February 5-7, 2020
Honolulu, Hawaii
The goal of the workshop is a principled investigation of the coupling between what may be termed the "local information" having to do with a problem and more traditional questions about its global feasibility/complexity. Our quest is for radical new ways of reasoning about the local-to-global nature of information and computation, dealing with the internal structure of processes, whereby global truths are inferred from the substrate of local facts. One of our objective is to use ideas from mathematics, computer science, statistics, and information theory to formalize these disparate scenarios, and the tools used to understand them, into a common framework.

One example of this arises in social networks, where there is often substantial "small scale" structure, e.g., clusters in so-called ego networks, but where the global properties of the adjacency matrix or Laplacian matrix are more consistent with the hypothesis of unstructured noise. A second example of this arises with neural networks, where training overly-parameterized models against large quantities of data leads to localized structures in weight matrices that combine to achieve high quality (but brittle) models. A third example arises when considering fundamental questions of consistency of model classes. To enable handling rich probabilistic model classes in line with our expectations of what data must achieve, we must study a data-driven consistency framework, an innovation that also challenges the long-standing uniform/point-wise consistency dichotomy of statistical analysis. It shifts focus from the global complexity of the class to a form of local complexity that capture the local variation of properties within the model classes by means of topological formulations.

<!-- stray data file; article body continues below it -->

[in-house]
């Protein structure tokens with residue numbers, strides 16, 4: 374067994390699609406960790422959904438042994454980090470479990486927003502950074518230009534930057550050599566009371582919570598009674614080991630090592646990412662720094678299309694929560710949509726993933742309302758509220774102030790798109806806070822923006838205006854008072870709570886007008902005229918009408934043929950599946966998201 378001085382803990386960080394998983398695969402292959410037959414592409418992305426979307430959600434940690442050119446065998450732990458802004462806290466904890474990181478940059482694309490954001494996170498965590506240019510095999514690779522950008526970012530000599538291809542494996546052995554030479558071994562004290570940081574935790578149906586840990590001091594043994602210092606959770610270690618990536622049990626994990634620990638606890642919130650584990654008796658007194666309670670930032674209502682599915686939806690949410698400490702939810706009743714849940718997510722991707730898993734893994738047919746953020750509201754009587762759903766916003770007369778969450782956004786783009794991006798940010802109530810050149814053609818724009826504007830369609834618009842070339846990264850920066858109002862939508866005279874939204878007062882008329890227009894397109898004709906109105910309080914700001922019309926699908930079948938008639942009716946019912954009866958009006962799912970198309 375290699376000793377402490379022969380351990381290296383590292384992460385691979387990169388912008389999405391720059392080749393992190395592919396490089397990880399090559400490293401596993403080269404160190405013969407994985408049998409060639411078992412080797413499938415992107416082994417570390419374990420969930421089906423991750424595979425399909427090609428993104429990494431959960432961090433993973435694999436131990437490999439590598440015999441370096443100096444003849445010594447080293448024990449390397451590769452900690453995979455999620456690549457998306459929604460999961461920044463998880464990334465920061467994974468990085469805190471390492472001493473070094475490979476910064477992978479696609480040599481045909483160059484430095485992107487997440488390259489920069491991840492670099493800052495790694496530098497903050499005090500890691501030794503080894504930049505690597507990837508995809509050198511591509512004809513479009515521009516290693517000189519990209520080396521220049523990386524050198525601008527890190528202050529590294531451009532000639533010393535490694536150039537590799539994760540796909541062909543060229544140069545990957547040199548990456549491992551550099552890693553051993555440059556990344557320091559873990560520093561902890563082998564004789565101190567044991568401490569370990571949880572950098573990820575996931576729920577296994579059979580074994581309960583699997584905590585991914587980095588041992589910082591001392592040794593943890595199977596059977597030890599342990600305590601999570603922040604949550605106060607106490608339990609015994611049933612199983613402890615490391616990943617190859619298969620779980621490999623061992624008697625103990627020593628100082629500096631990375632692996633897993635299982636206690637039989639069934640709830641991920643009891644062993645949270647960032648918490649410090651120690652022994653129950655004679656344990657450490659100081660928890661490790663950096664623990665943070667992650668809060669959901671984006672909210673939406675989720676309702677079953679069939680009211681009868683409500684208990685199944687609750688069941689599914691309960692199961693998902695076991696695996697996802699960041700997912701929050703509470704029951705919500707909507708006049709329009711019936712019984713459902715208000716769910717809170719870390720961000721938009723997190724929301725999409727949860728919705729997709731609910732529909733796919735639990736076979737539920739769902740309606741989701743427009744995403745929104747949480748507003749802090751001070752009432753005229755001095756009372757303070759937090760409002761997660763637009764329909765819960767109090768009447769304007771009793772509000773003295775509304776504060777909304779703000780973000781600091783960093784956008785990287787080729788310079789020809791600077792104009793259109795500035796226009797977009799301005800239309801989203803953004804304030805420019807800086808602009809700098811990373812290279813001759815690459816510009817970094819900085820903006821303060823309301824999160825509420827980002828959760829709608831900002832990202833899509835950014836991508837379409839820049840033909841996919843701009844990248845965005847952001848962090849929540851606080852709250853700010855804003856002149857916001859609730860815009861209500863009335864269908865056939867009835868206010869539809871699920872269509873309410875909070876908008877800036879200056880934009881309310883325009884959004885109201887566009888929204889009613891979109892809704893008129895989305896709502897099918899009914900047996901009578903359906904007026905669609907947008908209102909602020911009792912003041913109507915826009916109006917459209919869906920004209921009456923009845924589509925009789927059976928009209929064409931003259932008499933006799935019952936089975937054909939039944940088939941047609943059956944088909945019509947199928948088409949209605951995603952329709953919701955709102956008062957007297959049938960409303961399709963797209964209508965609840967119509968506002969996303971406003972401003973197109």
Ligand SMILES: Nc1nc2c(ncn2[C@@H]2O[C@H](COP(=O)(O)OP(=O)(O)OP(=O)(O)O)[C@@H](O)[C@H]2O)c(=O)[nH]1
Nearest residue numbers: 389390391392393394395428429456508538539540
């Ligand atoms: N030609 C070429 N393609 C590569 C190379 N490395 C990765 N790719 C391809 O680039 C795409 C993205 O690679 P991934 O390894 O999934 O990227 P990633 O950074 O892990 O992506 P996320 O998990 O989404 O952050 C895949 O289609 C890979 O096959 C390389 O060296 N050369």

More generally, advances in computation and storage, combined with new technologies in areas from medicine to language processing, have produced a glut of data. With it comes a tremendous need for novel technologies and novel learning algorithms that translate raw data into knowledge. As is becoming increasingly clear, "big data has arrived but big insights have not" (T. Hartford, Financial Times). Turning data into insight hinges on our ability to frame problems on sound theoretical foundations, sometimes altering current methods fundamentally.
Confirmed Speakers

  • V. Anantharam (Berkley)
  • Yuli Baryshnikov (UIUC)
  • Kimon Fountoulakis (U. Waterloo)
  • Al Hero (U. Michigan)
  • Susan Holmes (Stanford)
  • M. Mahoney (Berkeley)
  • Marina Meila (U. Washington)
  • A. Montanari (Stanford)
  • Jennifer Neville (Purdue)
  • Y. Polyanskiy (MIT)
  • Dana Randall (Georgia Tech)
  • P. Santhanam (Hawaii)
  • Gil Shamir (Google)
  • W. Szpankowski (Purdue)
  • Naftali Tishby (U. Jerusalem)

Event Schedule

Venue: Talks, Breakfast and Lunch will be hosted in Makiki Room

Workshop Schedule: Schedule.pdf

Wednesday February 5, 2020
Thursday February 6, 2020
Friday February 7, 2020
Partner Brand

Wojciech Szpankowski

Center for Science of Information
Purdue University
Partner Brand

Prasad Santhanam

Associate Professor
Department of Electrical Engineering
University of Hawaiʻi
Partner Brand

Michael Mahoney

Associate Professor
Department of Statistics
UC Berkeley

Partner Brand

Bob Brown

Managing Director
Center for Science of Information
Purdue University